But simulating all these models together is not the only thing required. When you start the design of your system, you will hardly have any models at all. During the design process, you will make decisions which will influence the final product. This results in a different design, and thus in different models. When you want to know which decision is better, you might even wat to simulate the different choices both. So you will get a lot of different simulation during you design. For every new simulation that you want to do you will need to construct a new co-simulation. Okey, maybe not for every simulation. If your overall model structure of the system remains the same and only the internals of these models change, you might be able to use the same co-simulation.
This is why it is important to think about in what structure you model your system. You want to make sure that the top level of your system keeps the same structure, independent of where you are in the design process. Of course this might not always be possible, but you must try to achieve it. If you want to keep your model structure as constant as possible, you will need to choose your model interfaces in a smart manner. You need to base them on physical signals, or at least representations of physical signals. These physical signals are mostly invariant of the amount of detail present in your models. Thus while the implementation of a part of your system will change, it’s outside will remain the same. An example of this I show in (Broenink and Broenink 2018). An example from this publication is shown in Figure 4. This shows two models of a sensor system. The first model (a) shows the complete model of this sensor. With all extra behavior included. The second one (b) shown a simpler version of the same sensor, with different behavior. However the interfaces of both of these models are the same, and both of them could be used in the same co-simulation.
With these tools we can effectively design simulations of a cyber-physical system. This does however, tell us nothing on how to design these systems effectively. The rest of my research has focusses not on how to simulate these systems, but on how to design them. During this design we of course want to leverage the capabilities provided to us by the previous work on co-simulation.
This is why we have developed a method of designing cyber-physical systems in a structed way based on a iterative approach. This approach is detailed in (Broenink and Broenink 2019). This approach shows a way to develop a CPS by dividing the design problem into manageable features and detail levels. Both of these will result in a large set of models, that can be simulated during the design process. One example set of models is shown in Figure 5. The specifics of this method can be found in my publication, but is is safe to say that this structured approach should allow for more simulations and thus also tests during the design process. This process should be as automated as possible. Thus after changing a part of your design you can receive feedback immediately on the performance of the system.
This brings me to my final subject for this article, that is the future work. While I have shown you some of the results of this research project, the work is not yet done. Currently we are working, together with students on different ways to improve this. These subjects include but are not limited to: Automated tests with simulations. Generating standalone code based on the design process. Effectively switching hardware platforms. Hopefully this work will improve the methods and approached mentioned in this article into something that can really help with the design of robust cyber physical systems. Who knowns, you might read all about it in my final thesis.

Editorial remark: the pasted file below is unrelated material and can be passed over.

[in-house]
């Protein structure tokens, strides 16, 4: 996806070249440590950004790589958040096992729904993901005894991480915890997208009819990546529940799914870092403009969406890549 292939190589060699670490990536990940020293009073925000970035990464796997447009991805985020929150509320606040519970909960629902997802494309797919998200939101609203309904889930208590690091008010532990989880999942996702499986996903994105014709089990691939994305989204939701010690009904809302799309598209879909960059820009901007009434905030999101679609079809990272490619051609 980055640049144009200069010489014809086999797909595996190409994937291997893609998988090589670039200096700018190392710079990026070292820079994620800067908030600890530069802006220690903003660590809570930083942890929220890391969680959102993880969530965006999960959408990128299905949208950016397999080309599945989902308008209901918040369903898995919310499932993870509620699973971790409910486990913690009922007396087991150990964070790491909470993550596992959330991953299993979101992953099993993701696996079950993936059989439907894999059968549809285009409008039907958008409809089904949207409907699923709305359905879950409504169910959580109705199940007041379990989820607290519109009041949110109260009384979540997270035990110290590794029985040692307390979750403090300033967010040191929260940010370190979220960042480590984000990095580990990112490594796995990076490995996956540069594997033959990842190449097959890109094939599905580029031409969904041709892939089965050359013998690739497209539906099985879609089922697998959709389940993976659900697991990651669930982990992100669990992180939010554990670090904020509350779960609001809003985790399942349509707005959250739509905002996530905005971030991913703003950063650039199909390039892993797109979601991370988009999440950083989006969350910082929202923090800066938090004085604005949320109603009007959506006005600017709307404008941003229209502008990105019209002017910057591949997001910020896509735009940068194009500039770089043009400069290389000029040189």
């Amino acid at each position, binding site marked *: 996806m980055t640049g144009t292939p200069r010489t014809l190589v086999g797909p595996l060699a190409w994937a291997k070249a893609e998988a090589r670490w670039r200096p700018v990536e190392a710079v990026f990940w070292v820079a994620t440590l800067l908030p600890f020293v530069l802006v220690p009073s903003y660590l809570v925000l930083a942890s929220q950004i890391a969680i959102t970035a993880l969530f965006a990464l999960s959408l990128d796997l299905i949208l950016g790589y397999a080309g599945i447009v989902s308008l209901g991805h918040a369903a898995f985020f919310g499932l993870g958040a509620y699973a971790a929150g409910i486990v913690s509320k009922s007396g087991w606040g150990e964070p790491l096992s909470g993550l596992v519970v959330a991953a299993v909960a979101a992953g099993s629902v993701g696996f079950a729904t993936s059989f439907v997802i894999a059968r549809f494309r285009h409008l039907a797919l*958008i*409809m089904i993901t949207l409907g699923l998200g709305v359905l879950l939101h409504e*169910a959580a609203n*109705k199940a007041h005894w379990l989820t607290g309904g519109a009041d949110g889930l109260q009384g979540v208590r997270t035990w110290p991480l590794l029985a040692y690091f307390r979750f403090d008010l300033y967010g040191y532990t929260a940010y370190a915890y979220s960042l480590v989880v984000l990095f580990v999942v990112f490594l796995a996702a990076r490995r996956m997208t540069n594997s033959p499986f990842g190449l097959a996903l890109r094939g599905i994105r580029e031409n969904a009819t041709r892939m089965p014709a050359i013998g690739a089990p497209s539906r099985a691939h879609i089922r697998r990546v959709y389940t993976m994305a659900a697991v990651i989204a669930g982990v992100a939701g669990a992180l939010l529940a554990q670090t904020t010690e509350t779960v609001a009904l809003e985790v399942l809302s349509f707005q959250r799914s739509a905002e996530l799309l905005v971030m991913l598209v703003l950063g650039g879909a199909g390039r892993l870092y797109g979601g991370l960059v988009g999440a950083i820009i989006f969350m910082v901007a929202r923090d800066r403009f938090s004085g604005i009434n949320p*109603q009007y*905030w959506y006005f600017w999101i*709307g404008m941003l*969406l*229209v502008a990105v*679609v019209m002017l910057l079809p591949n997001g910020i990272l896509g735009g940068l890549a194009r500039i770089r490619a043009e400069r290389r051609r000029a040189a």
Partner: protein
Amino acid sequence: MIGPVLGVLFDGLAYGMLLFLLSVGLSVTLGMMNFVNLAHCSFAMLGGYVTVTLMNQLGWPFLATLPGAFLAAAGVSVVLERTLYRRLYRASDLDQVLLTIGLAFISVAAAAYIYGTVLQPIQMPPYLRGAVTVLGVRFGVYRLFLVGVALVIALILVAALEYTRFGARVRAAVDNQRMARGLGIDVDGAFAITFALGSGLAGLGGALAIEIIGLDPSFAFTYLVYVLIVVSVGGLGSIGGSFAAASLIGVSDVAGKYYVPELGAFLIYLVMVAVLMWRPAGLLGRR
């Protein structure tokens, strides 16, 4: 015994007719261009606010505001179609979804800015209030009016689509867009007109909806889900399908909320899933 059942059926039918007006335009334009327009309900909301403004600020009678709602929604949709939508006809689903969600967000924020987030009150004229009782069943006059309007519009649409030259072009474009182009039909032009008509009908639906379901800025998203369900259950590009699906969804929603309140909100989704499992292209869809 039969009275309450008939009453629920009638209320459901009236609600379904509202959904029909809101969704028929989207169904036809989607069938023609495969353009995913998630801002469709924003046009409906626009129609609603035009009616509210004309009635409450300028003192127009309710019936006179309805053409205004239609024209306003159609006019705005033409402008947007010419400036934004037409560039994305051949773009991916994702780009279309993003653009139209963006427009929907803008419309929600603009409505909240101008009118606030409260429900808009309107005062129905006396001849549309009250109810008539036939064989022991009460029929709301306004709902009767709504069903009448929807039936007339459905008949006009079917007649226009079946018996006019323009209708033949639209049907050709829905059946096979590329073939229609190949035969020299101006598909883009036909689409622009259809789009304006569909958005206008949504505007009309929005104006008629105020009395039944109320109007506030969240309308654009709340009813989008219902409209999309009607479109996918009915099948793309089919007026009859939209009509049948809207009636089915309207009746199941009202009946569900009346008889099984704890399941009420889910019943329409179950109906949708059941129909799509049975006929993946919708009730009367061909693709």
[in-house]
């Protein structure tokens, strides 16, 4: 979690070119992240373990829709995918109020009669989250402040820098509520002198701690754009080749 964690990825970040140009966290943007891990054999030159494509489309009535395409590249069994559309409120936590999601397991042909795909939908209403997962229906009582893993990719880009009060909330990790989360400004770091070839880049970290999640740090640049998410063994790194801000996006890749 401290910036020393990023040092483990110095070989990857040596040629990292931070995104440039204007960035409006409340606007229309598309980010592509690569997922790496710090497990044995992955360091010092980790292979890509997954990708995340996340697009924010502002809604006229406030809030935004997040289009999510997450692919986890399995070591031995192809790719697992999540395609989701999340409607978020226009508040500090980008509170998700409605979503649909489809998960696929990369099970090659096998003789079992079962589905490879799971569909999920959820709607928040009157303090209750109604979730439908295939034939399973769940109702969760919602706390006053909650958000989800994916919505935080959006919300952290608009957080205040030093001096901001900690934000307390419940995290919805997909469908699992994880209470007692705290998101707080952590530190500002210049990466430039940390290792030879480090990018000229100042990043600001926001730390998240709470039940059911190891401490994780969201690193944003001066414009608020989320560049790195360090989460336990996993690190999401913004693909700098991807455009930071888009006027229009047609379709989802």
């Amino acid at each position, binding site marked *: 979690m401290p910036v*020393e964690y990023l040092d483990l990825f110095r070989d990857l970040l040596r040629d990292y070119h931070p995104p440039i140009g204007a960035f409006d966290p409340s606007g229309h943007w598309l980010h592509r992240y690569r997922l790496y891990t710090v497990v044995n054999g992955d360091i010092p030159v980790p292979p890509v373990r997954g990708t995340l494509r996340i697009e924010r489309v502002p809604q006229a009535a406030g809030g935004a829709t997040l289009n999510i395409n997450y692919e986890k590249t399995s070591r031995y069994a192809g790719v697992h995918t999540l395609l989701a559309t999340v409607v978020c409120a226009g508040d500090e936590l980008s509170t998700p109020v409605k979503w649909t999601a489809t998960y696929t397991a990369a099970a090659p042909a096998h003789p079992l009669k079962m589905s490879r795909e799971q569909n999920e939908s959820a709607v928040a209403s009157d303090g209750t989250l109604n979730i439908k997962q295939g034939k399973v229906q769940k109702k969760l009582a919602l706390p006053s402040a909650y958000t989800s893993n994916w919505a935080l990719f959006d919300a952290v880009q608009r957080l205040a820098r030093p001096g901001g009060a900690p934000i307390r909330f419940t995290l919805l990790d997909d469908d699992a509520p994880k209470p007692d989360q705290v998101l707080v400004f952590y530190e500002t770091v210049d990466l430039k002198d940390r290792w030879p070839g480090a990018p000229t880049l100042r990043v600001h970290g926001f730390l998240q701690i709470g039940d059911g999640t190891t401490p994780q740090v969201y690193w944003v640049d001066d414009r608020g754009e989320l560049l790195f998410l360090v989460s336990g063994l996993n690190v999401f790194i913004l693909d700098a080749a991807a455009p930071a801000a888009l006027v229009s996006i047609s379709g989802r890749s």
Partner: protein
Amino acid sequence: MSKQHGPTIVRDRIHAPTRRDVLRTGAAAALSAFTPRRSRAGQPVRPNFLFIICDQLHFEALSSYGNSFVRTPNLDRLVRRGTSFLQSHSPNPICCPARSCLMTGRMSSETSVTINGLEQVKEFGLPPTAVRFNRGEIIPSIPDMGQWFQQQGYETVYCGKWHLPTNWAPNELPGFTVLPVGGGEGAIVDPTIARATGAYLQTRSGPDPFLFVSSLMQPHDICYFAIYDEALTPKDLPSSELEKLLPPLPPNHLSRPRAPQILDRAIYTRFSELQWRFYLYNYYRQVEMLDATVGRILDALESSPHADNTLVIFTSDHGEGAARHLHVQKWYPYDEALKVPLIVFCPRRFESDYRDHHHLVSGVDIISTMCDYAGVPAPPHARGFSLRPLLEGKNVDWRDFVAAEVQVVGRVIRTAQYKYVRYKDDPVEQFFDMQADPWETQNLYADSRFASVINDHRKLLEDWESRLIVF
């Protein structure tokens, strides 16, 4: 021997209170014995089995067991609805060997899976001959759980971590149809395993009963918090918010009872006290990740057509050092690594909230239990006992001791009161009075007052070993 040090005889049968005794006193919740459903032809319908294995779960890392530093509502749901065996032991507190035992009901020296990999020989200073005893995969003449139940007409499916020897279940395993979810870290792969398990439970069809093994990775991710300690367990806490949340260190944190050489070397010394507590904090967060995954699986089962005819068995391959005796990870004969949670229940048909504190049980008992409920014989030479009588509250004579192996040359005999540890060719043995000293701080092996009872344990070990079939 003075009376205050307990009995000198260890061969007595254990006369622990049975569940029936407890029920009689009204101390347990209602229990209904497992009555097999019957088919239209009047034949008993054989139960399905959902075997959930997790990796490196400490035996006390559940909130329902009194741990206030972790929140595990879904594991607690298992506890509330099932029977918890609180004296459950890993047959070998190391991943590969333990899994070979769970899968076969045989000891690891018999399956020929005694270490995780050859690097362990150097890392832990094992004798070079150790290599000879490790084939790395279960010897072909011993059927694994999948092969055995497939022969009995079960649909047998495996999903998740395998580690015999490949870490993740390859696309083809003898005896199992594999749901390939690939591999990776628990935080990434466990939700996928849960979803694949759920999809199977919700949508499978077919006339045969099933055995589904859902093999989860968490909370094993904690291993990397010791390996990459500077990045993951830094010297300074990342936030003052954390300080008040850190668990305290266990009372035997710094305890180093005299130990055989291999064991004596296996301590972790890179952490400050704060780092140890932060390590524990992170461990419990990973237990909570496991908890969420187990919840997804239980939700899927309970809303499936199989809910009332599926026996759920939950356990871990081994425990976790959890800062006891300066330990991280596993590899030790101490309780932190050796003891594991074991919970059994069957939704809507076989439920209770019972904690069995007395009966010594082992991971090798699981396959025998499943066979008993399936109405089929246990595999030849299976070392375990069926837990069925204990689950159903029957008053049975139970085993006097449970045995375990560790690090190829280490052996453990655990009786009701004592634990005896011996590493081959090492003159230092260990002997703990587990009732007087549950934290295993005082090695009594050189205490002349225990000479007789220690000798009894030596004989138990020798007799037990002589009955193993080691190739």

If you do think these subjects are interesting, or are looking for an bachelor’s or master’s assignment within these subjects, feel free to contact me or our group.
Broenink, Jan F., and Yunyun Ni. 2012. “Model-Driven Robot-Software Design Using Integrated Models and Co-Simulation.” In Embedded Computer Systems (SAMOS), 2012 International Conference On, 339–344. IEEE. http://ieeexplore.ieee.org/abstract/document/6404197/.
Broenink, Tim, and Jan Broenink. 2019. “Rapid Development of Embedded Control Software Using Variable-Detail Modelling and Model-to-Code Transformation.” In Communications of the ECMS, 33:151–57. 1.
Broenink, T.G., and J.F. Broenink. 2018. “A Variable Detail Model Simulation Methodology For Cyber-Physical Systems.” In ECMS 2018 Proceedings Edited by Lars Nolle, Alexandra Burger, Christoph Tholen, Jens Werner, Jens Wellhausen, 219–25. ECMS. https://doi.org/10.7148/2018-0219.
Lee, Edward A. 2008. “Cyber Physical Systems: Design Challenges.” In , 363–69. IEEE. https://doi.org/10.1109/ISORC.2008.25.
Nägele, Thomas, and Jozef Hooman. 2017. “Rapid Construction of Co-Simulations of Cyber-Physical Systems in HLA Using a DSL.” In 2017 43rd Euromicro Conference on Software Engineering and Advanced Applications (SEAA), 247–251. IEEE.
Nägele, Thomas, Jozef Hooman, Tim Broenink, and Jan Broenink. 2018. CoHLA: Design Space Exploration and Co-Simulation Made Easy. IEEE.
Ni, Yunyun, and Jan F. Broenink. 2014. “A Co-Modelling Method for Solving Incompatibilities during Co-Design of Mechatronic Devices.” Advanced Engineering Informatics 28 (3): 232–40. https://doi.org/10.1016/j.aei.2014.05.004.